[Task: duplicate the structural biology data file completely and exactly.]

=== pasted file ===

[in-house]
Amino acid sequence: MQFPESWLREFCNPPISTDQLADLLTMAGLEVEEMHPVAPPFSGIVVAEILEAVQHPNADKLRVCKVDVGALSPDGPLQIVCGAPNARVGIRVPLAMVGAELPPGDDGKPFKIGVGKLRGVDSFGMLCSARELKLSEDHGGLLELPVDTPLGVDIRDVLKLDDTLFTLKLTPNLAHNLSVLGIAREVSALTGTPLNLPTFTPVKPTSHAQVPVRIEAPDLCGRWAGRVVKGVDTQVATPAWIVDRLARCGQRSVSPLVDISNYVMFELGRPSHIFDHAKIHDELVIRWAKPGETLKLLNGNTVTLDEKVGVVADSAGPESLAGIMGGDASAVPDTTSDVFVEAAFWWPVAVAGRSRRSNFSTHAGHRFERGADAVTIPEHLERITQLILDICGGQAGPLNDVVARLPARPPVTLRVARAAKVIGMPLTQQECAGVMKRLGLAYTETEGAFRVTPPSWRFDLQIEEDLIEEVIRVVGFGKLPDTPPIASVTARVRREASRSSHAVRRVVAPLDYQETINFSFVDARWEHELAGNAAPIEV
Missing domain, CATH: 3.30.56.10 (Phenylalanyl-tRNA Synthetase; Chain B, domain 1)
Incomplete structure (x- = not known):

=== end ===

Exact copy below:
[in-house]
Amino acid sequence: MQFPESWLREFCNPPISTDQLADLLTMAGLEVEEMHPVAPPFSGIVVAEILEAVQHPNADKLRVCKVDVGALSPDGPLQIVCGAPNARVGIRVPLAMVGAELPPGDDGKPFKIGVGKLRGVDSFGMLCSARELKLSEDHGGLLELPVDTPLGVDIRDVLKLDDTLFTLKLTPNLAHNLSVLGIAREVSALTGTPLNLPTFTPVKPTSHAQVPVRIEAPDLCGRWAGRVVKGVDTQVATPAWIVDRLARCGQRSVSPLVDISNYVMFELGRPSHIFDHAKIHDELVIRWAKPGETLKLLNGNTVTLDEKVGVVADSAGPESLAGIMGGDASAVPDTTSDVFVEAAFWWPVAVAGRSRRSNFSTHAGHRFERGADAVTIPEHLERITQLILDICGGQAGPLNDVVARLPARPPVTLRVARAAKVIGMPLTQQECAGVMKRLGLAYTETEGAFRVTPPSWRFDLQIEEDLIEEVIRVVGFGKLPDTPPIASVTARVRREASRSSHAVRRVVAPLDYQETINFSFVDARWEHELAGNAAPIEV
Missing domain, CATH: 3.30.56.10 (Phenylalanyl-tRNA Synthetase; Chain B, domain 1)
Incomplete structure (x- = not known):